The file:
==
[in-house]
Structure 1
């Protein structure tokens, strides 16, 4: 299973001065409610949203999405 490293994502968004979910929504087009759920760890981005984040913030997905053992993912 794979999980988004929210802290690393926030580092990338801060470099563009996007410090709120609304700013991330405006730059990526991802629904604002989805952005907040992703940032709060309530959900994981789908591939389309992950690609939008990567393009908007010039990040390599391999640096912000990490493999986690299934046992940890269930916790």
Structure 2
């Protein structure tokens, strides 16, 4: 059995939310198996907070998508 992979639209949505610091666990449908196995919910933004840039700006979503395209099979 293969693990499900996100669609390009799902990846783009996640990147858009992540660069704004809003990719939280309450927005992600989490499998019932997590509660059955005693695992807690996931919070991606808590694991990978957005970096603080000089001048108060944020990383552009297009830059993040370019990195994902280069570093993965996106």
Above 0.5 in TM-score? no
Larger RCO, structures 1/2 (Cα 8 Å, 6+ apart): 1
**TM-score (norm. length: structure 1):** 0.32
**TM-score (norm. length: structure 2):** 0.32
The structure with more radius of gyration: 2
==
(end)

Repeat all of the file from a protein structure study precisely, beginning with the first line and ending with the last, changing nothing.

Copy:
[in-house]
Structure 1
């Protein structure tokens, strides 16, 4: 299973001065409610949203999405 490293994502968004979910929504087009759920760890981005984040913030997905053992993912 794979999980988004929210802290690393926030580092990338801060470099563009996007410090709120609304700013991330405006730059990526991802629904604002989805952005907040992703940032709060309530959900994981789908591939389309992950690609939008990567393009908007010039990040390599391999640096912000990490493999986690299934046992940890269930916790």
Structure 2
């Protein structure tokens, strides 16, 4: 059995939310198996907070998508 992979639209949505610091666990449908196995919910933004840039700006979503395209099979 293969693990499900996100669609390009799902990846783009996640990147858009992540660069704004809003990719939280309450927005992600989490499998019932997590509660059955005693695992807690996931919070991606808590694991990978957005970096603080000089001048108060944020990383552009297009830059993040370019990195994902280069570093993965996106």
Above 0.5 in TM-score? no
Larger RCO, structures 1/2 (Cα 8 Å, 6+ apart): 1
**TM-score (norm. length: structure 1):** 0.32
**TM-score (norm. length: structure 2):** 0.32
The structure with more radius of gyration: 2